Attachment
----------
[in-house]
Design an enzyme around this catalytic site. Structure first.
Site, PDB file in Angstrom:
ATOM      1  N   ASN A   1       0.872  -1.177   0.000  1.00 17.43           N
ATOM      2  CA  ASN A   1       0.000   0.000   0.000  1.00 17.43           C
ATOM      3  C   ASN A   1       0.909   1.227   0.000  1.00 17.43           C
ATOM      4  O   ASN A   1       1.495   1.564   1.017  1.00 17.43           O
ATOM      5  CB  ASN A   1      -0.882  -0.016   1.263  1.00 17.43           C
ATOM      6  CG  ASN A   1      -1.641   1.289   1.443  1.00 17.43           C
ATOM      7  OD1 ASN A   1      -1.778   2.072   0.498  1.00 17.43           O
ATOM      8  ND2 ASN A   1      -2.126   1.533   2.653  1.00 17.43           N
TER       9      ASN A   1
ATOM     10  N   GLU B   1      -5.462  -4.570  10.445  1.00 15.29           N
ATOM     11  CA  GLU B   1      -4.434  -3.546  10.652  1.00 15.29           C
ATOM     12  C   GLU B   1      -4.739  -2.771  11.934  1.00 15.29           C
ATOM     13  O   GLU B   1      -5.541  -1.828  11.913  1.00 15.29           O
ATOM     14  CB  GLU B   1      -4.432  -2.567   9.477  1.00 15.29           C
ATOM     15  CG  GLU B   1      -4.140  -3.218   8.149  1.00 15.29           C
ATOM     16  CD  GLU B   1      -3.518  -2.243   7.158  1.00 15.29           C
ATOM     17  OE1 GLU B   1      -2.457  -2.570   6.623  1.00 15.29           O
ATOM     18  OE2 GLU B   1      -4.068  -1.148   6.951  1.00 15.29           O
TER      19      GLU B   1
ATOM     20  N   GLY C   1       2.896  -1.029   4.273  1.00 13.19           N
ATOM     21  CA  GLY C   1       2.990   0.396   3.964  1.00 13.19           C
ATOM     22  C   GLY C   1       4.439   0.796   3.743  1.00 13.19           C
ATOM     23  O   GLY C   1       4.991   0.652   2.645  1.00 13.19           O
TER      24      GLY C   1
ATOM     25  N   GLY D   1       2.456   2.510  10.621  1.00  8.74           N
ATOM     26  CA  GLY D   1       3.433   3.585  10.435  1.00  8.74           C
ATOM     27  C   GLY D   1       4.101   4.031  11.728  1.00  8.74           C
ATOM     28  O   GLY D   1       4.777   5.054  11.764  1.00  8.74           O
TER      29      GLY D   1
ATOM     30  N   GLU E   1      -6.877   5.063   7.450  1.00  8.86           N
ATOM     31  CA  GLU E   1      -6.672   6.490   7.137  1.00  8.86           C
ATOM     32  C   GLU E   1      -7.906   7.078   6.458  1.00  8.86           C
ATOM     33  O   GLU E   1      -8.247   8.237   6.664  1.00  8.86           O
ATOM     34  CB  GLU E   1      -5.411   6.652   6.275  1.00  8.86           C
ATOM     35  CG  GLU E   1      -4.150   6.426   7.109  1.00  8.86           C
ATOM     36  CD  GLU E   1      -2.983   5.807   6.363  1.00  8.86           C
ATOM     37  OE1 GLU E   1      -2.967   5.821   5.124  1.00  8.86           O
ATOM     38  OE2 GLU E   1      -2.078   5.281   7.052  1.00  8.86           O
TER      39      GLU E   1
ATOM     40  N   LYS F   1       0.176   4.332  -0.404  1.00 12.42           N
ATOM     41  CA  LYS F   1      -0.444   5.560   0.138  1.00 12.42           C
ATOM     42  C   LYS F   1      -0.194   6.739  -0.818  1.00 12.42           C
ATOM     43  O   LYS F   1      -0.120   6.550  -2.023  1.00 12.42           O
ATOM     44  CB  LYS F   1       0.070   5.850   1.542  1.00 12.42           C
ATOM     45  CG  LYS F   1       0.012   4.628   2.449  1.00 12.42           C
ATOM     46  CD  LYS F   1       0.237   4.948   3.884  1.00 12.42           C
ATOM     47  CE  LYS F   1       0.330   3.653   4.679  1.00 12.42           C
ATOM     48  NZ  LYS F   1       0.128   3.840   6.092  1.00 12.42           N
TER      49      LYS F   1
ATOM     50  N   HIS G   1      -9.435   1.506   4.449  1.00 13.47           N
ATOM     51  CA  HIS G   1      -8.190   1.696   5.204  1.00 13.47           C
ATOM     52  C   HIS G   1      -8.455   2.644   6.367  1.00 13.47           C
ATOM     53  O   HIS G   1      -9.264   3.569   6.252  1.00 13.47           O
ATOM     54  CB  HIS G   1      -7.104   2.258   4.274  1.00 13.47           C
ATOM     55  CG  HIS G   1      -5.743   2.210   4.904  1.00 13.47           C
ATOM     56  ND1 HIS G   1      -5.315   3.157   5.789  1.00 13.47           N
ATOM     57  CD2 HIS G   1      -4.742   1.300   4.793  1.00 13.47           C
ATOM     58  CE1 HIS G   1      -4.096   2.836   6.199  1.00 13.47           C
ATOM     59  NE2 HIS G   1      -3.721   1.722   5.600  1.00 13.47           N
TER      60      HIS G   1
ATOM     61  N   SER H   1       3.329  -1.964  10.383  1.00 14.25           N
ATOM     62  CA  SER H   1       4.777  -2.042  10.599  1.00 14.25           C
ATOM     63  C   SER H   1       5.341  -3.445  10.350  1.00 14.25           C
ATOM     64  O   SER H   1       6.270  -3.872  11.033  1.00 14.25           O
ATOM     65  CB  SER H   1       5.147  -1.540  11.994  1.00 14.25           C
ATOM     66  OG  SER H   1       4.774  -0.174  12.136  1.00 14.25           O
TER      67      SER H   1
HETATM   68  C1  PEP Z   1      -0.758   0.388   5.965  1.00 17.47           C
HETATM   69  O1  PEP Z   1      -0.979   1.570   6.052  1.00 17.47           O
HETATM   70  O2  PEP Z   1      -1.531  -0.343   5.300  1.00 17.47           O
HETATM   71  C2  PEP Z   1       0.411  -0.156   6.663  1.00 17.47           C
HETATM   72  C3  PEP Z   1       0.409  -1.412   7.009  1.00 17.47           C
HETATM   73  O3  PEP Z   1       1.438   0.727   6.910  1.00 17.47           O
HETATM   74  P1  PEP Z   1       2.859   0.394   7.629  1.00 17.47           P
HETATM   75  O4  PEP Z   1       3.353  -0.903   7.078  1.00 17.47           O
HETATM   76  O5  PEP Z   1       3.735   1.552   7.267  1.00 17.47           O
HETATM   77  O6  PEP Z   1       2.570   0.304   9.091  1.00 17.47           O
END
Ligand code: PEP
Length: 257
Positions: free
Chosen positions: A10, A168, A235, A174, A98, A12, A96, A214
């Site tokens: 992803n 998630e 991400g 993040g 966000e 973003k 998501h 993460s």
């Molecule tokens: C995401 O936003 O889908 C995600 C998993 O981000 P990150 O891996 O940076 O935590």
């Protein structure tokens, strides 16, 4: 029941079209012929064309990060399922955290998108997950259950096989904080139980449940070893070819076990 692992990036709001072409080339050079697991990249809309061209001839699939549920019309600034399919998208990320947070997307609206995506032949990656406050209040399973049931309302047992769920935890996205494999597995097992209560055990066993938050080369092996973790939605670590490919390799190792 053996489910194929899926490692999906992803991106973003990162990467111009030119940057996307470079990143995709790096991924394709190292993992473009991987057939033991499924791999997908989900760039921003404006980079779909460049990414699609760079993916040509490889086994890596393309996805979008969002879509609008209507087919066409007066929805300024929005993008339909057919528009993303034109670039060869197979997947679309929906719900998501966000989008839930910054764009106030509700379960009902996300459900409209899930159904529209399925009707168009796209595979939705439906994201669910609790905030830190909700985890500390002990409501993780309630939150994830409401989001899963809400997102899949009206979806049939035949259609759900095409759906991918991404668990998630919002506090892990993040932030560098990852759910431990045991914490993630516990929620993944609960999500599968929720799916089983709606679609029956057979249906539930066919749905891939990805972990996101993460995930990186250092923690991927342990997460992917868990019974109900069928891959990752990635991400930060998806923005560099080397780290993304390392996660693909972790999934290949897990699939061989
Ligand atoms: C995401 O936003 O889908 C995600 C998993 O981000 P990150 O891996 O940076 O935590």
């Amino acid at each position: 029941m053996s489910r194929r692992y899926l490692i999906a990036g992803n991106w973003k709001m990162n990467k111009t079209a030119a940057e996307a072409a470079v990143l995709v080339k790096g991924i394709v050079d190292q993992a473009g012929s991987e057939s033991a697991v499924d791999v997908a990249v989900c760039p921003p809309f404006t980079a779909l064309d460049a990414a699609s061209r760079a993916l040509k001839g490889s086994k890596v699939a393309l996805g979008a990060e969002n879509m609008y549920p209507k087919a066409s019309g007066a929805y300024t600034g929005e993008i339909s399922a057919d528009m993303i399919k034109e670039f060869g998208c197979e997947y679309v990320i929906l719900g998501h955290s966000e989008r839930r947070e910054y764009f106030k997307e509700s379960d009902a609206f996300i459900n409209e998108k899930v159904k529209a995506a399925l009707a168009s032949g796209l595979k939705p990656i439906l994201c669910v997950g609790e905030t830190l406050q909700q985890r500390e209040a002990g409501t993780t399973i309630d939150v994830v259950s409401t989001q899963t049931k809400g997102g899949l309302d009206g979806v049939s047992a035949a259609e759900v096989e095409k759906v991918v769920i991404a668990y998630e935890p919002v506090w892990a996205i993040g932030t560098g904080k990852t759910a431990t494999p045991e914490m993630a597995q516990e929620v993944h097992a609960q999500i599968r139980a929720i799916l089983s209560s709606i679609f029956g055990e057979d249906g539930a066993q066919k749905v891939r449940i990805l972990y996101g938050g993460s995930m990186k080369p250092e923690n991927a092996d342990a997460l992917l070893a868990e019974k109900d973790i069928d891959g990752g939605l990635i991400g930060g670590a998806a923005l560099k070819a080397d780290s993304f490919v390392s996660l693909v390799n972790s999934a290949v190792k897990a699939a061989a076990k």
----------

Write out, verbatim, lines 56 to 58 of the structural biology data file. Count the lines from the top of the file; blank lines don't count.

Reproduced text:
ATOM     53  O   HIS G   1      -9.264   3.569   6.252  1.00 13.47           O
ATOM     54  CB  HIS G   1      -7.104   2.258   4.274  1.00 13.47           C
ATOM     55  CG  HIS G   1      -5.743   2.210   4.904  1.00 13.47           C